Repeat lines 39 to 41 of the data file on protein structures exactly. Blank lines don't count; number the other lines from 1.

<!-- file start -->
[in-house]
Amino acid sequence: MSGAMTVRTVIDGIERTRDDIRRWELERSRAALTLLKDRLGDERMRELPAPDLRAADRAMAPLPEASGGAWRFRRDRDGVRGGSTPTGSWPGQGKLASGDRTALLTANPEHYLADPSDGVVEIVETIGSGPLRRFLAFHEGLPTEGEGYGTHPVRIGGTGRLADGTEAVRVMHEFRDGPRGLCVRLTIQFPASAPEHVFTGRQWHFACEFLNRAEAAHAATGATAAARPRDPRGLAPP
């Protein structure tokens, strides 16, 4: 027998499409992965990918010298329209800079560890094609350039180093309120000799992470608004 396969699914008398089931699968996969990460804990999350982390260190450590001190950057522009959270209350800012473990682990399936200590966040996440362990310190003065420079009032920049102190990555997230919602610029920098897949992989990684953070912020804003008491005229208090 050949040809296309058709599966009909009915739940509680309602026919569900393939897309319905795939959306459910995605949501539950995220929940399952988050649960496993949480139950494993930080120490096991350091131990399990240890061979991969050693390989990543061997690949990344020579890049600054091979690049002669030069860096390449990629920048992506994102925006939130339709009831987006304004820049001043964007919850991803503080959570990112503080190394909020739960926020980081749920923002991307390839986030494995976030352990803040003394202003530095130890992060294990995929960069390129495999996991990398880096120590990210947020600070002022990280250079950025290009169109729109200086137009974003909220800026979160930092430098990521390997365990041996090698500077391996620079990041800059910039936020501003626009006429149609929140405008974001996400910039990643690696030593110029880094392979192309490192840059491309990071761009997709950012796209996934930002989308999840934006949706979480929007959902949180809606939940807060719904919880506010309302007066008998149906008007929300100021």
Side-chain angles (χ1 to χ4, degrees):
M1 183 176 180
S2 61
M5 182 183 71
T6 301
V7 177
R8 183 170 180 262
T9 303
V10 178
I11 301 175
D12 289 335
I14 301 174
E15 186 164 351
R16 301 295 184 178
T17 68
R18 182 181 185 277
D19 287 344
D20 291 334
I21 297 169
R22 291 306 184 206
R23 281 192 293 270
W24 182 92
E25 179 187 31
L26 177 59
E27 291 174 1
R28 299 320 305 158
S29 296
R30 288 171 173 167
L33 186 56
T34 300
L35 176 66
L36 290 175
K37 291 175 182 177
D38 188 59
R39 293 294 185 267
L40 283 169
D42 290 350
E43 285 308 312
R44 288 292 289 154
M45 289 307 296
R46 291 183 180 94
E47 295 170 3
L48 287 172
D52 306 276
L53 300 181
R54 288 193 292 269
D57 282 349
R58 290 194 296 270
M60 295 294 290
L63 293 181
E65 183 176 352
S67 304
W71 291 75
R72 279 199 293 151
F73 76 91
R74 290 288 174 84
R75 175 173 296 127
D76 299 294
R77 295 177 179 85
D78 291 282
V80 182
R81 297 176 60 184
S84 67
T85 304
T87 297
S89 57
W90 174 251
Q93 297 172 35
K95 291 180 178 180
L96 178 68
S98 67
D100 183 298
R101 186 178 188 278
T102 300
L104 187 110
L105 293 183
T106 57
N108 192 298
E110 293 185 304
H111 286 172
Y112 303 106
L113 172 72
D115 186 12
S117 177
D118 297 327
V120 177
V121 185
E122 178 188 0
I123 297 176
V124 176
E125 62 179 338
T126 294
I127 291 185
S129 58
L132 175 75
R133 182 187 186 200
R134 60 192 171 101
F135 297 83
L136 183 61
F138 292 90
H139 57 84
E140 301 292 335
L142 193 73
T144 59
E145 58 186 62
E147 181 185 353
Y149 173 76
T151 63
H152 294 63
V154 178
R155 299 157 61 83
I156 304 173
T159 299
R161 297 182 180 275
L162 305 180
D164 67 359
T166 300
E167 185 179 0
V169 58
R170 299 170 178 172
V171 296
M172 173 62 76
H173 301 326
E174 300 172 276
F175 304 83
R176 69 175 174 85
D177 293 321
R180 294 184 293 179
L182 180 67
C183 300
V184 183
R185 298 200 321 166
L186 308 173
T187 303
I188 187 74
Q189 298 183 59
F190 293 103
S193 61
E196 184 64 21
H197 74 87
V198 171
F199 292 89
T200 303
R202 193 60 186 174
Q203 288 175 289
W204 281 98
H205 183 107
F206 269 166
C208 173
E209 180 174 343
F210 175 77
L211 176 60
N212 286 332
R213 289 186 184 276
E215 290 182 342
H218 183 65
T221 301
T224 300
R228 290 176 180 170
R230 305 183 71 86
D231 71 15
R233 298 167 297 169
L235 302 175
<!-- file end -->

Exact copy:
L40 283 169
D42 290 350
E43 285 308 312